'Reducing the pecking order': Shadle Park's first student-staff basketball game lets both teams let loose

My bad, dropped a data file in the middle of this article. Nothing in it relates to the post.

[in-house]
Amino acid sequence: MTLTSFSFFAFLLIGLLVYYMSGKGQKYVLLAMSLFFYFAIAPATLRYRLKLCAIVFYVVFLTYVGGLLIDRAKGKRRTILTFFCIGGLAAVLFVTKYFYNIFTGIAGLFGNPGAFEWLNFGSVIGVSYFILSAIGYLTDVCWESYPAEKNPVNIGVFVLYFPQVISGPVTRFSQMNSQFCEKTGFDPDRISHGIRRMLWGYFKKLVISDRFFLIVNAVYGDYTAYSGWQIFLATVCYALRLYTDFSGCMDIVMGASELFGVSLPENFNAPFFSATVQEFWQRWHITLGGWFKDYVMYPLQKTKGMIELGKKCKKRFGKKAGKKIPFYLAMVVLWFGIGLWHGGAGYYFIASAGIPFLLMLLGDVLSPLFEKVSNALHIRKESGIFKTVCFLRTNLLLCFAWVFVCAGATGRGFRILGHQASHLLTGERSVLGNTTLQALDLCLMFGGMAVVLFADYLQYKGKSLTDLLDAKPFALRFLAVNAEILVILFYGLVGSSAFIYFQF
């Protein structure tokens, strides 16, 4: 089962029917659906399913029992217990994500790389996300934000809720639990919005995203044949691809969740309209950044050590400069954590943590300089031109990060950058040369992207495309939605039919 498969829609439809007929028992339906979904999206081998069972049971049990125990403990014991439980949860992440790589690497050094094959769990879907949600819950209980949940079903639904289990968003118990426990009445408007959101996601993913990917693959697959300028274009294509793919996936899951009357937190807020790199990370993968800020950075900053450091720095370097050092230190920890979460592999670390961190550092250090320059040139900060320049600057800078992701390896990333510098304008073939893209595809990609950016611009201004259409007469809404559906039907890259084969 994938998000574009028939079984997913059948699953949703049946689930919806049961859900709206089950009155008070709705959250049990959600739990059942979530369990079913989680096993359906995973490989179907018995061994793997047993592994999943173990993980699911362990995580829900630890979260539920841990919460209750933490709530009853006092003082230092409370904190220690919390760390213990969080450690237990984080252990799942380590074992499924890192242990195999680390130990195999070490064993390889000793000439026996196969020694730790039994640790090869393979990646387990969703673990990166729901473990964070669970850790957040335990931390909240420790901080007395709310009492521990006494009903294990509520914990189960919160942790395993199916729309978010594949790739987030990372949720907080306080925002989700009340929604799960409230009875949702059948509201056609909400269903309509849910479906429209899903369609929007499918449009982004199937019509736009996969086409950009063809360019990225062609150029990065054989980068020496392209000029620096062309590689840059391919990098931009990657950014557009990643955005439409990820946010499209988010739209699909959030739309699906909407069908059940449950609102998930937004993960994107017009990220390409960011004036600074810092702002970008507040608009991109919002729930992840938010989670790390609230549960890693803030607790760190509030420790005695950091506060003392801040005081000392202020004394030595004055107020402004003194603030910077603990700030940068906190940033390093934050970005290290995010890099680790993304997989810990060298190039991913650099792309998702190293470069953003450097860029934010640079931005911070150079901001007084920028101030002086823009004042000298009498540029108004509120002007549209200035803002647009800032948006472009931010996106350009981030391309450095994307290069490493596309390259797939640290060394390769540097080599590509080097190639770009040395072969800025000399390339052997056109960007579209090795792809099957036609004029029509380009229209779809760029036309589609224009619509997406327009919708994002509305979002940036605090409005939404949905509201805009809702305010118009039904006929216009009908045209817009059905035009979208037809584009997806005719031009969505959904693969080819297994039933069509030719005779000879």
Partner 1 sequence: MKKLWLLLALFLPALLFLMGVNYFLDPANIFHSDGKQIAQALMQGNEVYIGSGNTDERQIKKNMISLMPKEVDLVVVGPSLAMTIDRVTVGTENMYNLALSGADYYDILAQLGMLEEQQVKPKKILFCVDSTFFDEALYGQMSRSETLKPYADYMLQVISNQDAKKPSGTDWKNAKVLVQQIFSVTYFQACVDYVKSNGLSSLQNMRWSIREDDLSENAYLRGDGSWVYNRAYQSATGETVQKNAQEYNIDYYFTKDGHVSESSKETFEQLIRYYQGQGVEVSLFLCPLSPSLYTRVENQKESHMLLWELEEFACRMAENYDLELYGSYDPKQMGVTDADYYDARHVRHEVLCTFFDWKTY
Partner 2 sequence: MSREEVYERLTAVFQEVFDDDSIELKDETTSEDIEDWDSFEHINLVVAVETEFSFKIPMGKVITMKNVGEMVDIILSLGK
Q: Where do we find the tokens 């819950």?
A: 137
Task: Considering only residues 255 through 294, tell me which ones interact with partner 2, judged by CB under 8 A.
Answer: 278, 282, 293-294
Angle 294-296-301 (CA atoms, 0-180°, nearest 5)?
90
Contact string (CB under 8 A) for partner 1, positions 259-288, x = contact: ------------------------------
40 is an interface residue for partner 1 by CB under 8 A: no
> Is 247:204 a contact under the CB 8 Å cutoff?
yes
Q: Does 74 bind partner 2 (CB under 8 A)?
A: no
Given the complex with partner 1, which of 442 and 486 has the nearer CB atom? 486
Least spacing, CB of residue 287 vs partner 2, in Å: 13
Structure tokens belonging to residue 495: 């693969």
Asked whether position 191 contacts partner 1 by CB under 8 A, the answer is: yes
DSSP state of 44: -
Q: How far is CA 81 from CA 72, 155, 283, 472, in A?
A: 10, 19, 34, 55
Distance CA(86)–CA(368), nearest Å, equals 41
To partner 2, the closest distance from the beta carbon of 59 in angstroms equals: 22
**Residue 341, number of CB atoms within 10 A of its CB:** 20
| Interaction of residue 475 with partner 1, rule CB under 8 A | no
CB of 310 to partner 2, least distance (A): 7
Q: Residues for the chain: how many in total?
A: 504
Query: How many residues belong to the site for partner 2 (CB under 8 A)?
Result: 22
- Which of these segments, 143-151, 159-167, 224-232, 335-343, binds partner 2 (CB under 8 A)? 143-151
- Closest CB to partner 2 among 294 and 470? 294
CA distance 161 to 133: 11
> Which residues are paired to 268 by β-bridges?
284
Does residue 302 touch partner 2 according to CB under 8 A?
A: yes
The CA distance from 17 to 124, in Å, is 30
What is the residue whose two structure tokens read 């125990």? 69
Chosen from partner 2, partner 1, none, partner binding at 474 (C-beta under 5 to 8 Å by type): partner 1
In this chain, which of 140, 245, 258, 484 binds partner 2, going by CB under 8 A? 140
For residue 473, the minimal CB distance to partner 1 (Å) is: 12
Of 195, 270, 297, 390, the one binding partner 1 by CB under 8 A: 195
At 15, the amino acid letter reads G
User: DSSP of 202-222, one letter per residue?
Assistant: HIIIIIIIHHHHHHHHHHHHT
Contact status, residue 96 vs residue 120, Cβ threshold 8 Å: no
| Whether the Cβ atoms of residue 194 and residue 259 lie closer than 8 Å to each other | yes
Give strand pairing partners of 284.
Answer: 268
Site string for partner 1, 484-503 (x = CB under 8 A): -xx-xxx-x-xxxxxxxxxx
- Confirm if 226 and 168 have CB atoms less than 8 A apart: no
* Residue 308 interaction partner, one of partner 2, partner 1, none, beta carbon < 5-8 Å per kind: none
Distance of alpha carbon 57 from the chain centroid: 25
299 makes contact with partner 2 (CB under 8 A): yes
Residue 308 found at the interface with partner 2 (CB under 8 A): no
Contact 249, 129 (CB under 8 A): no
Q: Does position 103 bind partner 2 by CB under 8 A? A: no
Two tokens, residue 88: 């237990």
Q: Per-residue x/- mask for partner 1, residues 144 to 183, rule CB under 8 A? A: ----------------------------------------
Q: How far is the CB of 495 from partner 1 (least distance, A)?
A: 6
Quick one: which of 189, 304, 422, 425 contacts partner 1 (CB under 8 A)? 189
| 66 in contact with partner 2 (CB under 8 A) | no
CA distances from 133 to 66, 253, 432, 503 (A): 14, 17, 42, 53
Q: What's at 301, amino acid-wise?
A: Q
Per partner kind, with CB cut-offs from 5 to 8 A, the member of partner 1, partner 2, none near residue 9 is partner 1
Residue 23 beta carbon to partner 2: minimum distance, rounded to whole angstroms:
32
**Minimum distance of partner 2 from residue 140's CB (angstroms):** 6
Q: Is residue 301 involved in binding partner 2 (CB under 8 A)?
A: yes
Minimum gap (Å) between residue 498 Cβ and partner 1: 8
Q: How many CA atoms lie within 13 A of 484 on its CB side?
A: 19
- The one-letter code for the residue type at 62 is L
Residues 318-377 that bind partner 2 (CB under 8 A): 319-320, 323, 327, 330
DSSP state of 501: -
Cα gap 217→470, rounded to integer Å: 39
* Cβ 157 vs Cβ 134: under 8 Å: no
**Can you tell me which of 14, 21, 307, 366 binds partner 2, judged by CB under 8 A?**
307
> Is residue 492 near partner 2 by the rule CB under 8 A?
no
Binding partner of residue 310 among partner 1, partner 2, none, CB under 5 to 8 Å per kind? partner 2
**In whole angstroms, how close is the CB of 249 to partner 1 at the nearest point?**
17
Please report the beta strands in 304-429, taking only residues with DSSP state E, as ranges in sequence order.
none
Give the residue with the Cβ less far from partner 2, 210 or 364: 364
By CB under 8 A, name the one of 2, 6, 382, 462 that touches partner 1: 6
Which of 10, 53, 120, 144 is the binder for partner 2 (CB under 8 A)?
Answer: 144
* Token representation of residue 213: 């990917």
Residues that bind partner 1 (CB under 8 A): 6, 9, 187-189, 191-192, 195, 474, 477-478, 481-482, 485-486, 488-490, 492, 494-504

<p><p>Traditions are a fundamental part of the high school experience. And after more than a year without school events, Shadle Park High School may have started a brand new one that doesn’t just bolster school spirit.</p></p><p><p>Monday night, Shadle held its inaugural “Students vs. Staff Basketball Game” to kick off the school’s “12 Days of Spirit,” which includes the usuals such as “Decades Day,” “Crazy Sock Day” and of course, “Pajama Day.”</p></p><p><p>For the students, it was finally a way to bring the student body together and have fun again.</p></p><p><p>“Stuff like this means a lot, because after spending, like, a year and half not seeing any students, to be able to come back and be a part of something super fun and really connect with the student body is something I enjoy a lot,” said senior Matthew Nitchman, who played alongside fellow students against the staff.</p></p><p><p>The students also believe events like this are vital for school spirit, especially Nitchman, who expressed this belief while decked out in all white, the senior class color, on “Wear Your Class Colors Day.”</p></p><p><p>“These sort of events bring people together in a less serious way and gives everybody an easy common ground between people,” said junior Kyleigh Archer, who is usually a mainstay on the Shadle girls basketball team but turned the tables to end up being a referee as her father, English teacher Robert Archer, played. “It also makes students more comfortable with the staff around them and help the staff appear more friendly.”</p></p><p><p>“This just brings us together and shows that not everything has to be so serious,” said junior Dylan Kakuda. “We can all have fun as students and staff that get along well, which is pretty important, because you can’t have a divided school when you kind of have to be together; so it’s better to stick together as one.”</p></p><p><p>And for the school staff, it was a chance to have fun with the students they know so well and break the usual confines of the classroom.</p></p><p><p>Kerista Knutsen, an algebra teacher, believes events like this are an important aspect of helping her students see her as somebody they can trust and not only come to for questions on quadratic equations, but life as well.</p></p><p><p>“Student-staff connection in the school, I think, is the most important part of my job,” Knutsen said. “It’s also a good stress reliever for students so it’s not ‘all school, school, homework, math, science, get this done, write this paper’; it’s something fun and enjoyable.”</p></p><p><p>To Scott Harmon, a U.S. History, World History and Leadership teacher, fostering relationships outside of academics is essential for creating general positivity, camaraderie and spirit within the school, something that can become lost as assemblies and large, schoolwide events have become rare since the coronavirus pandemic spread in March 2020.</p></p><p><p>“I think it reduces the pecking order, reduces the teacher-student adversarial roles that were built up, and instead it’s more collegial,” Harmon said. “And I think school spirit is really the willingness to get involved in your school. I always say, ‘get involved, get engaged, be involved with the entire process, not just the learning aspect of the classroom.’ ”</p></p><p><p>The event also celebrated the holiday spirit by raising money for Second Harvest Food Bank, alongside a schoolwide food drive.</p></p><p><p>The game raised about $350 after a $3 admission fee and the chance for students to raise the score, which was 20-20 at halftime, for $1 a point.</p></p><p><p>But the staff couldn’t just sit back and watch as they also gathered up $140 to bring the score to 160-160.</p></p><p><p>In the end, the staff would win 182-174, but the fun had and memories made are much more valuable than any victory. Still, the staff wouldn’t turn down the chance to gloat just a bit when future students view the photo of the faculty with their “gold medals” that now hold a personal value worth more than actual gold around their necks would.</p></p><p><p>“Just having a whole bunch of students together, screaming, having fun, being positive, cheering for each other and not actually competing was very fun; and also schooling some of my students on the court,” Matthew Wenman, Shadle’s Band and Orchestra Director, said with a chuckle.</p></p>